Felex Share Senior Reporter
The Constitutional Amendment Bill (Number 1), which seeks to give the President the sole discretion to appoint a Chief Justice, Deputy Chief Justice and Judge President of his choice will be considered for adoption by Parliament today.
Clerk of Parliament Mr Kennedy Chokuda yesterday said all National Assembly members were expected to convene today to possibly adopt the Bill.
“The Clerk of Parliament would like to inform all members of the National Assembly that the Constitution of Zimbabwe Amendment Number 1 Bill, HB 1, 2017 will be considered for adoption by the National Assembly tomorrow (today), 25 July, 2017,” he said.
- ‘Govt commits to constitutionalism’
- VP unpacks Constitutional Bill
- Constitutional Bill reaches voting stage
“Cognisance of the importance of the Bill, all members of the National Assembly are expected to be in attendance from 1415hrs.”
The Bill is expected to sail through with little hassle as Zanu-PF commands over two-thirds majority both in the National Assembly and Senate.
It seeks to empower the President to appoint people to the three crucial position.
The Bill follows debate on the provision in the Constitution, which took away the President’s powers to make those appointments.
The Constitution provides that the President appoints the Chief Justice from a list given to him by the Judicial Service Commission (JSC).
In compiling the list for appointment, the JSC advertises for the positions, inviting interested people to apply before conducting public interviews.
The proposed amendments will substitute Section 180 of the Constitution, which provides for the appointment of judges.
Clause 6 of the Bill amends Section 180 of the present Constitution by providing that the President’s choice of Chief Justice, Deputy Chief Justice and Judge President of the High Court be final, should there be differences of choices between his nominee and those recommended by JSC.
“The Chief Justice, Deputy Chief Justice or Judge of the High Court shall be appointed by the President after consultation with the Judicial Service Commission,” reads Clause 6 (2) of the Bill.
“If the appointment of a Chief Justice, Deputy Chief Justice or Judge President of the High Court is not consistent with any recommendation made by the JSC in terms of subsection (2), the President shall cause the Senate to be informed as soon as is practicable. Provided that, for the avoidance of doubt, it is declared that the decision of the President as to such appointment shall be final.”
The appointment procedures for all judges will remain as it is in the current Constitution.
Presently, appointment of judges is done after the JSC advertises for the positions, invite the President and the public to make nominations and conduct public interviews of prospective candidates.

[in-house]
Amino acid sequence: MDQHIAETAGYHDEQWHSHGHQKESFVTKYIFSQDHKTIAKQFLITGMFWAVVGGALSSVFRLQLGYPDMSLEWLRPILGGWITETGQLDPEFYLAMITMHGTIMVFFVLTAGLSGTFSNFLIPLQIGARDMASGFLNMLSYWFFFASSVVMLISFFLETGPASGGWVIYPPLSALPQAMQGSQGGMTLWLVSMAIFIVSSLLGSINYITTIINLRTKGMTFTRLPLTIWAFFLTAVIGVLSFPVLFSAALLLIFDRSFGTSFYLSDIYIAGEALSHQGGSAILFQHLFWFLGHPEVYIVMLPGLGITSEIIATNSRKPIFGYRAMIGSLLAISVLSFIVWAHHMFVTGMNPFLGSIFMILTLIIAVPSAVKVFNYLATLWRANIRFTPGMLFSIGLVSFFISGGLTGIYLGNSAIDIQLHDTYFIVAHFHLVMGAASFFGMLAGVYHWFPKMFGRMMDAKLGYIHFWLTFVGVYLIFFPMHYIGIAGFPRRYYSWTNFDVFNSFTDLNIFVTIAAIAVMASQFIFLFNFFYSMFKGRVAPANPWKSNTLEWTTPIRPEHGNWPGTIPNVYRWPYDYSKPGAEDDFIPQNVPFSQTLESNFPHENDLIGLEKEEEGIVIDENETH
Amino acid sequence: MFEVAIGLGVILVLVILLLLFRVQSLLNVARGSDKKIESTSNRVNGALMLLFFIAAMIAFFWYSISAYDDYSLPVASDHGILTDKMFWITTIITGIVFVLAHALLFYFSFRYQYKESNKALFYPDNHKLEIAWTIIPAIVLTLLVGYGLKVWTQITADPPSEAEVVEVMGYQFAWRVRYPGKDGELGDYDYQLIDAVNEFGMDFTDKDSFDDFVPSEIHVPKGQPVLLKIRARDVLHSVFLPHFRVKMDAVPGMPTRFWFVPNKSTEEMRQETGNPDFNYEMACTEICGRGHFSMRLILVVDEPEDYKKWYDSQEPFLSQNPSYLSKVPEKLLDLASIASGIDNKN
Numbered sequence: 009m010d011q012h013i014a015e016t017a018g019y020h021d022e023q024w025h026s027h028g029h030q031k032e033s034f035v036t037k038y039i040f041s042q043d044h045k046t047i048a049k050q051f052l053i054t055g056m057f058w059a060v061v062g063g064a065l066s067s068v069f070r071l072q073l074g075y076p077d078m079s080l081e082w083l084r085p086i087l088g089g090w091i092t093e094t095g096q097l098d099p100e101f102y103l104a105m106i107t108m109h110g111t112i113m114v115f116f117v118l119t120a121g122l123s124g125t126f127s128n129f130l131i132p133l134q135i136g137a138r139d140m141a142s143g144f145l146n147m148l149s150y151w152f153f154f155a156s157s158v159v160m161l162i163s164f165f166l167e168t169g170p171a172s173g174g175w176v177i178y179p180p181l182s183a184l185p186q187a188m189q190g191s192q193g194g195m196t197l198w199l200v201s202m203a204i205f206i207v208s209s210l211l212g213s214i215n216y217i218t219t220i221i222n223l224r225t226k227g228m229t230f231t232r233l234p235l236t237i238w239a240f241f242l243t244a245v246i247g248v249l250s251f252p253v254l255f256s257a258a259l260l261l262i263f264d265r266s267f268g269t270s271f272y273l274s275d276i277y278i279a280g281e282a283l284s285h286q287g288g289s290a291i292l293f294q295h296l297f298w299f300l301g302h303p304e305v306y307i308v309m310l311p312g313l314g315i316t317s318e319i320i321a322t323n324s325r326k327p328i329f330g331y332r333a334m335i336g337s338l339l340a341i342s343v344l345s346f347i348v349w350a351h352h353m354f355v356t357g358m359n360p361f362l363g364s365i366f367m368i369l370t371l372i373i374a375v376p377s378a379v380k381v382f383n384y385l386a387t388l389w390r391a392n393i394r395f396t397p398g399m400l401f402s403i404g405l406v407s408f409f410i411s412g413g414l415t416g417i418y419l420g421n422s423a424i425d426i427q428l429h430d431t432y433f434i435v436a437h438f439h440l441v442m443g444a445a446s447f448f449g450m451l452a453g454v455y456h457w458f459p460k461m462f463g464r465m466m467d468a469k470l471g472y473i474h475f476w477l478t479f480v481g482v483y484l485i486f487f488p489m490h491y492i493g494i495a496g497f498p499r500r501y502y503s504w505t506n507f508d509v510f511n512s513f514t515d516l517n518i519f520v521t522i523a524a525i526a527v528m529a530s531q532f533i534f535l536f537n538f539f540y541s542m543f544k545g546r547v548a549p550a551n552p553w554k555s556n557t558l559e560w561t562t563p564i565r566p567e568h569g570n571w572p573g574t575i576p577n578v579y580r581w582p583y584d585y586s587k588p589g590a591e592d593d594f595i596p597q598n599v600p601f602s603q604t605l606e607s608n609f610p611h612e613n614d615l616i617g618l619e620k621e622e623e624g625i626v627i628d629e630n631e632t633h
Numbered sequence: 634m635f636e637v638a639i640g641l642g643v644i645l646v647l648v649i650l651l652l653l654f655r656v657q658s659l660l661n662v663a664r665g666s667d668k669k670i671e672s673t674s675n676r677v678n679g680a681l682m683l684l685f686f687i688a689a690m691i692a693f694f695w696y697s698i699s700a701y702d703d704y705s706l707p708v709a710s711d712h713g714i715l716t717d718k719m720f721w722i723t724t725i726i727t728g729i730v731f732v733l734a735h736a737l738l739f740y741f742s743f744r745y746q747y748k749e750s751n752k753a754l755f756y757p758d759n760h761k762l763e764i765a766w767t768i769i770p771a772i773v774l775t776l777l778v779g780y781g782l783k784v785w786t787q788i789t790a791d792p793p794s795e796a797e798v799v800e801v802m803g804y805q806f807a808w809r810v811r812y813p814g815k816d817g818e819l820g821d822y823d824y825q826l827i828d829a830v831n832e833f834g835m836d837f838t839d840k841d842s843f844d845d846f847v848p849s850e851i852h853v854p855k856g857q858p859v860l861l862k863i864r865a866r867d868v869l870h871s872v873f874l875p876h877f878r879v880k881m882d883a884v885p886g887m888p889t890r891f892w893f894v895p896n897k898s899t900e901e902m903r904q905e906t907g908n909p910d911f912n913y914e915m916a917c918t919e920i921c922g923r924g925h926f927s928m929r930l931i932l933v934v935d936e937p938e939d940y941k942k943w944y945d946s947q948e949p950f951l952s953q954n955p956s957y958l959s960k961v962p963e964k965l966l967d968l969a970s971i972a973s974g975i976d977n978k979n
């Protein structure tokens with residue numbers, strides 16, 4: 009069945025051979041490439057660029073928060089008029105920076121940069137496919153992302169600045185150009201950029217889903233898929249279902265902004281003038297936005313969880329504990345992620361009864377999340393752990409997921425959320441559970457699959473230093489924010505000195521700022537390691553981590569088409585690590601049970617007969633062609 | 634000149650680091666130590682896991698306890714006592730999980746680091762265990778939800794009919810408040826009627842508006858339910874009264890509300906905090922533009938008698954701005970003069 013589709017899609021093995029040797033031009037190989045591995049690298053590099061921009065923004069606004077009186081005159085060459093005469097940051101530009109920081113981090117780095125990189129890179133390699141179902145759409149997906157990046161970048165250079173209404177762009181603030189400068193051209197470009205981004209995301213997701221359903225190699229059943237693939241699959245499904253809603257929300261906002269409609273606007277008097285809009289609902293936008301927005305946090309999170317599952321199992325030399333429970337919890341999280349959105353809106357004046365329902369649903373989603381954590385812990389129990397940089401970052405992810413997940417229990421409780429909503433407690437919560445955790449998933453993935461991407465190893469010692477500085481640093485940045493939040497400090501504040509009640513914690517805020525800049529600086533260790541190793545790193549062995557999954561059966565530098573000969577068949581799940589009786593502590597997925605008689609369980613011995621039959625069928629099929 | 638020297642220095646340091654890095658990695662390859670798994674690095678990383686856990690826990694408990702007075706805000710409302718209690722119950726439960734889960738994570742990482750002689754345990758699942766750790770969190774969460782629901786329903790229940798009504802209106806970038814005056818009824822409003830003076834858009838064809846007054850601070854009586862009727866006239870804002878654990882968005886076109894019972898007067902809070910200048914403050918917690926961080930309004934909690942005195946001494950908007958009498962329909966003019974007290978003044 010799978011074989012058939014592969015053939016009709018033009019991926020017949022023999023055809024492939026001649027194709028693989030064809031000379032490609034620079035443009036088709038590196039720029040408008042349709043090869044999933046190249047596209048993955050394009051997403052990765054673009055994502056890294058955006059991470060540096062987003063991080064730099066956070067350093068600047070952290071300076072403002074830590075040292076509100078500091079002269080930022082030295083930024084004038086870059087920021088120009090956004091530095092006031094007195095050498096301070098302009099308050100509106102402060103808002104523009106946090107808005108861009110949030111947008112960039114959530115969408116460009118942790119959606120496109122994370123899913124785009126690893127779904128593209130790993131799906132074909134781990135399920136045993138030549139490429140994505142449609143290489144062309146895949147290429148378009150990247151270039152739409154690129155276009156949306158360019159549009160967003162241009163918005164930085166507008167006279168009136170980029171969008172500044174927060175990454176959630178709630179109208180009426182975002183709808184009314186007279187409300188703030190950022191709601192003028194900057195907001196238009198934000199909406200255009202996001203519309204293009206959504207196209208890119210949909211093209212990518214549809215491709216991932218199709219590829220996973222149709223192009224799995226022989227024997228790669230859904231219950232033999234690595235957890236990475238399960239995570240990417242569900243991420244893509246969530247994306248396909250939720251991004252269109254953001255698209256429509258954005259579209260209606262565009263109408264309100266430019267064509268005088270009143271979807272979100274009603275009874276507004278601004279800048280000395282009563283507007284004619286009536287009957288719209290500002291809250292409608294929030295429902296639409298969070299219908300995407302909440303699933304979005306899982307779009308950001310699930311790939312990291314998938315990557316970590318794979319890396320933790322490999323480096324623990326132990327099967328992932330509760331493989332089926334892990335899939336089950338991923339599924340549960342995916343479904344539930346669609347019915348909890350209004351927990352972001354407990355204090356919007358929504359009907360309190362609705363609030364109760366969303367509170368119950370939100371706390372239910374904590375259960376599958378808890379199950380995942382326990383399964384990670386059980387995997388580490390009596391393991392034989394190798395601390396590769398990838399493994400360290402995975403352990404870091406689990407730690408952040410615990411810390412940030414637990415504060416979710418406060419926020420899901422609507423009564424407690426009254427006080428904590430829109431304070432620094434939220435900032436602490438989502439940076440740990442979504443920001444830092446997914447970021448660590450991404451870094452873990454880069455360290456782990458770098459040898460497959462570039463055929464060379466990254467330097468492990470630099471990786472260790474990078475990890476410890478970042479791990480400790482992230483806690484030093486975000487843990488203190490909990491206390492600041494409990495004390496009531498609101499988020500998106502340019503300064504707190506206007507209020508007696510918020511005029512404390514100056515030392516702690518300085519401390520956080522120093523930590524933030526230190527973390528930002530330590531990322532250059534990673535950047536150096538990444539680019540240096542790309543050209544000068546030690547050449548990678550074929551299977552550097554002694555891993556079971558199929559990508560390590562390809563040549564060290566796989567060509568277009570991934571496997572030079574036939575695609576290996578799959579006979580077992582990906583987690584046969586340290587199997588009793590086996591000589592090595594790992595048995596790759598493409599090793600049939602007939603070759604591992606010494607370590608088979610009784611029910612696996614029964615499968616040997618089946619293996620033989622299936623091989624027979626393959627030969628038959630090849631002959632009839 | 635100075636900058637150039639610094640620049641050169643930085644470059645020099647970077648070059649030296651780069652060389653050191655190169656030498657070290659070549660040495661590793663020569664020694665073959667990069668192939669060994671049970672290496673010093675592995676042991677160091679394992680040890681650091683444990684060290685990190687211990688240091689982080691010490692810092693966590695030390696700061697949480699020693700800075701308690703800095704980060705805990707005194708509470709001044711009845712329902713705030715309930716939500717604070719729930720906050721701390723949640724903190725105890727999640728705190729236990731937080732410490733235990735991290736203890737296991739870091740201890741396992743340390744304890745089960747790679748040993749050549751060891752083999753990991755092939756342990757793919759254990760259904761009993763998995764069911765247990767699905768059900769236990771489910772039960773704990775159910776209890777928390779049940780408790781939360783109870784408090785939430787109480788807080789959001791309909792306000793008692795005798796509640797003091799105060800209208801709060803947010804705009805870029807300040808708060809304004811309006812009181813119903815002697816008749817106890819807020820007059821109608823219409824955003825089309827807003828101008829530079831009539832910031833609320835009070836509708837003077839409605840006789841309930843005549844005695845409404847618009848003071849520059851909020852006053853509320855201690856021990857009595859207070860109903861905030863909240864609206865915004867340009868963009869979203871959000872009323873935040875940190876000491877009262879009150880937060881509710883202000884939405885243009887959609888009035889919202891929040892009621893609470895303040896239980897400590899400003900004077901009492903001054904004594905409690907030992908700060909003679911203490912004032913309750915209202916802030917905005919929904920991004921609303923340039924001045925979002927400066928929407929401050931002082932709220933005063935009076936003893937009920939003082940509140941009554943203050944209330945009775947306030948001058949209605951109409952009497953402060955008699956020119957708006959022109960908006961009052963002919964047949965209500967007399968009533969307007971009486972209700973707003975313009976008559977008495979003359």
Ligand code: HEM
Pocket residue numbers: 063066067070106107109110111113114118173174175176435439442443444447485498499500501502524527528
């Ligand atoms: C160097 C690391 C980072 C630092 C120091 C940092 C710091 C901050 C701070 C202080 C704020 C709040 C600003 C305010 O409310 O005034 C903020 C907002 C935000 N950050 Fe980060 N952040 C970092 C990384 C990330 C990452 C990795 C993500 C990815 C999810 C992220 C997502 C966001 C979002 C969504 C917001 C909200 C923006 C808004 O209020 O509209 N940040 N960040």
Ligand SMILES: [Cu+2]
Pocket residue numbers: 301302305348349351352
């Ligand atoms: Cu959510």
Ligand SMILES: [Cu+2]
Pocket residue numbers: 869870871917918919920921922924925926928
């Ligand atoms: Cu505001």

The JSC would then prepare a list of three qualified persons as nominees before submitting their names to the President, who is obliged to appoint one person of the nominees to the office concerned.
If the President considered that none of the persons on the list submitted to him or her is suitable, he or she would request the JSC to submit another list, whereupon he or she would appoint the new office holder.
Clause 5 of the Bill makes another amendment to the Constitution by providing that the Labour Court and Administrative Court be subordinate to the High Court.
“In conformity with Section 188 (4) of the Constitution, the salaries, allowances and other benefits of judges of the Labour Court and Administrative Court holding or acting in office as such on the date of commencement of this Act shall not be reduced,” reads Clause Five (2) of the Bill.
It is the appointment of Chief Justice, Deputy Chief Justice and High Court Judge President that is expected to put to rest debate and stand-off that appeared to exist between JSC and the Executive.
The recent stand-off emanated from how the late Chief Justice Godfrey Chidyausiku was to be replaced on attaining the mandatory retirement age of 70.
The JSC proceeded to hold interviews in terms of the present Constitution despite a High Court order issued by Justice Charles Hungwe interdicting it from conducting the interviews as the Executive had indicated its intention to amend the Constitution.
This was after a University of Zimbabwe law student, Mr Romeo Zibani, challenged the interviewing process, arguing that it was flawed.
President Mugabe went on to appoint Justice Luke Malaba as Chief Justice from a list of three people submitted to him for consideration.
The other two candidates were JSC acting secretary Justice Rita Makarau and Justice Paddington Garwe.